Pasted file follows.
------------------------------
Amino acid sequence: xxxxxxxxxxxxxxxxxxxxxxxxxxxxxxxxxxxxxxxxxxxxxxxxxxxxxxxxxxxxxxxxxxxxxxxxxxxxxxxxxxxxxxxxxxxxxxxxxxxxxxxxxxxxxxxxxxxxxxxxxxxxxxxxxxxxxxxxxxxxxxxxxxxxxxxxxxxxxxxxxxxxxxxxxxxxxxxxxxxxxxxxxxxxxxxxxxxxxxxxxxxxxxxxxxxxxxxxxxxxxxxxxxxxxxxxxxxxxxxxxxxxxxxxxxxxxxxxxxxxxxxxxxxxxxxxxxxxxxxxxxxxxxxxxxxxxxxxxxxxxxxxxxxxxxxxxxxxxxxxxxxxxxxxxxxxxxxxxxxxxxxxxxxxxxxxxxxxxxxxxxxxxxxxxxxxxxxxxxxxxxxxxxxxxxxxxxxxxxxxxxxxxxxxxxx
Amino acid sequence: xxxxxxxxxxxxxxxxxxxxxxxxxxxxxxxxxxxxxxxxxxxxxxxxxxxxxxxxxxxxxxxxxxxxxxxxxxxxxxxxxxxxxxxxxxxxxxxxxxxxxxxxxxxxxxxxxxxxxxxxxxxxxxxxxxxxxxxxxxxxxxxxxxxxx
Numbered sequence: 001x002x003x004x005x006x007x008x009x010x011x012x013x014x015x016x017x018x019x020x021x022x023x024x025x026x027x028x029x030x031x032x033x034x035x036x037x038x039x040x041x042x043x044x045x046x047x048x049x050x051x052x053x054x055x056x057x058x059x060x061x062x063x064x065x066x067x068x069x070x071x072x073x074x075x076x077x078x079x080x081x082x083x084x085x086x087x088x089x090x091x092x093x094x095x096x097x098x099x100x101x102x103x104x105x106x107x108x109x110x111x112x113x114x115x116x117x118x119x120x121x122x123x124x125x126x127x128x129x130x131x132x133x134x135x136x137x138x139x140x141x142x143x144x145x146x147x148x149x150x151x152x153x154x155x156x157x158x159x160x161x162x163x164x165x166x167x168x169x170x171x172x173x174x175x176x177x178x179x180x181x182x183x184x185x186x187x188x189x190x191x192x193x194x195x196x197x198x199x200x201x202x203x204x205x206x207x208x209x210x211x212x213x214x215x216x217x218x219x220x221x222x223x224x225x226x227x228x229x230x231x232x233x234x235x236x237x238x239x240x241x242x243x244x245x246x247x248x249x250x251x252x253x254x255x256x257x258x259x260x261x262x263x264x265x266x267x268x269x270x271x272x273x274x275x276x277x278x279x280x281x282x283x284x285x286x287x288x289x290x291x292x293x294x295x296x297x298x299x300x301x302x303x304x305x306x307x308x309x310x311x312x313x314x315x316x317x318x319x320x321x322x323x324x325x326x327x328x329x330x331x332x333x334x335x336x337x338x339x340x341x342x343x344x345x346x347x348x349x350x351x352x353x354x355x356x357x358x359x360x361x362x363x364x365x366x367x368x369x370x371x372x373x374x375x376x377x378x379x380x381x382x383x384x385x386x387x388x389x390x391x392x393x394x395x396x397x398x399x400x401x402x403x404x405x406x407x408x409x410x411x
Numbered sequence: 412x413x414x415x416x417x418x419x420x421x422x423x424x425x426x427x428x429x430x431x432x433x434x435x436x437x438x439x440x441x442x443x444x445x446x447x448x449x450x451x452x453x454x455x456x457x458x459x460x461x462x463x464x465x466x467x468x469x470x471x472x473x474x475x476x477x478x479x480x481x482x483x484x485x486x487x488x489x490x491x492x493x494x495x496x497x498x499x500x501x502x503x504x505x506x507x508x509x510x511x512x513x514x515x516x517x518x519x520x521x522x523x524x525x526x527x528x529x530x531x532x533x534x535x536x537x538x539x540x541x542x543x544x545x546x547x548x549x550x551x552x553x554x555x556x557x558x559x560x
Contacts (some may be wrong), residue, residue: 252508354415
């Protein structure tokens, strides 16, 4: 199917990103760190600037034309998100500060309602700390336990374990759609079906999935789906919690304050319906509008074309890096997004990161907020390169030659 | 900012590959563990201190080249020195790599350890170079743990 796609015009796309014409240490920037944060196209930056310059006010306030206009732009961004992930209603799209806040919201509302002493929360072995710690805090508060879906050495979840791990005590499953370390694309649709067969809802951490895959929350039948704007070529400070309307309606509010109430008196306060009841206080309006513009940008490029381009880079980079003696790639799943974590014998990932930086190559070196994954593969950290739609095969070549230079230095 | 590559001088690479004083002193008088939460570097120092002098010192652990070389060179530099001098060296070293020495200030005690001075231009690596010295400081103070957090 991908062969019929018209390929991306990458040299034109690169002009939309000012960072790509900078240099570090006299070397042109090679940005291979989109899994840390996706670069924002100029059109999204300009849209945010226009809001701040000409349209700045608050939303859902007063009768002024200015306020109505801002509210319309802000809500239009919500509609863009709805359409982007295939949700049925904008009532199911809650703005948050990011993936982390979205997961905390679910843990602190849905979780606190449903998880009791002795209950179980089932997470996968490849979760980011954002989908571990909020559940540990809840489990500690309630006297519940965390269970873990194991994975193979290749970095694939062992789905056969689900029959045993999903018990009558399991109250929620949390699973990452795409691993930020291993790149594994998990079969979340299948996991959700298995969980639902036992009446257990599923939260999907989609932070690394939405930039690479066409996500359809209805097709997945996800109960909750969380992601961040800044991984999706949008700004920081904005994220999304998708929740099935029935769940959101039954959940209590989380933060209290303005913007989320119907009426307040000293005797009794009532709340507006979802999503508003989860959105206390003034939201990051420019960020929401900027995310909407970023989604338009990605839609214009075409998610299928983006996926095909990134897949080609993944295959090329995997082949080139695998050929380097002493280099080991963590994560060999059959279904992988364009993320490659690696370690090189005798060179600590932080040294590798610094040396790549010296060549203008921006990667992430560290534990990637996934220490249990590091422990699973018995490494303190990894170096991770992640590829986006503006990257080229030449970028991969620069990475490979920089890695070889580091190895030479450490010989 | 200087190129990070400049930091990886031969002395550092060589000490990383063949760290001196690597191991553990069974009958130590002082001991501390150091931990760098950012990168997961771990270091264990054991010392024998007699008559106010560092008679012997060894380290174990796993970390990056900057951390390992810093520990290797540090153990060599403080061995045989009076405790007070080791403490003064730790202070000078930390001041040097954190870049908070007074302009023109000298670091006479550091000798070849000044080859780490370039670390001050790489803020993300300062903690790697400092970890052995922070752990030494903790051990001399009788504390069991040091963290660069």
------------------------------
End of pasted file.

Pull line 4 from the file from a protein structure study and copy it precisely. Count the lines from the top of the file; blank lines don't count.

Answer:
Numbered sequence: 412x413x414x415x416x417x418x419x420x421x422x423x424x425x426x427x428x429x430x431x432x433x434x435x436x437x438x439x440x441x442x443x444x445x446x447x448x449x450x451x452x453x454x455x456x457x458x459x460x461x462x463x464x465x466x467x468x469x470x471x472x473x474x475x476x477x478x479x480x481x482x483x484x485x486x487x488x489x490x491x492x493x494x495x496x497x498x499x500x501x502x503x504x505x506x507x508x509x510x511x512x513x514x515x516x517x518x519x520x521x522x523x524x525x526x527x528x529x530x531x532x533x534x535x536x537x538x539x540x541x542x543x544x545x546x547x548x549x550x551x552x553x554x555x556x557x558x559x560x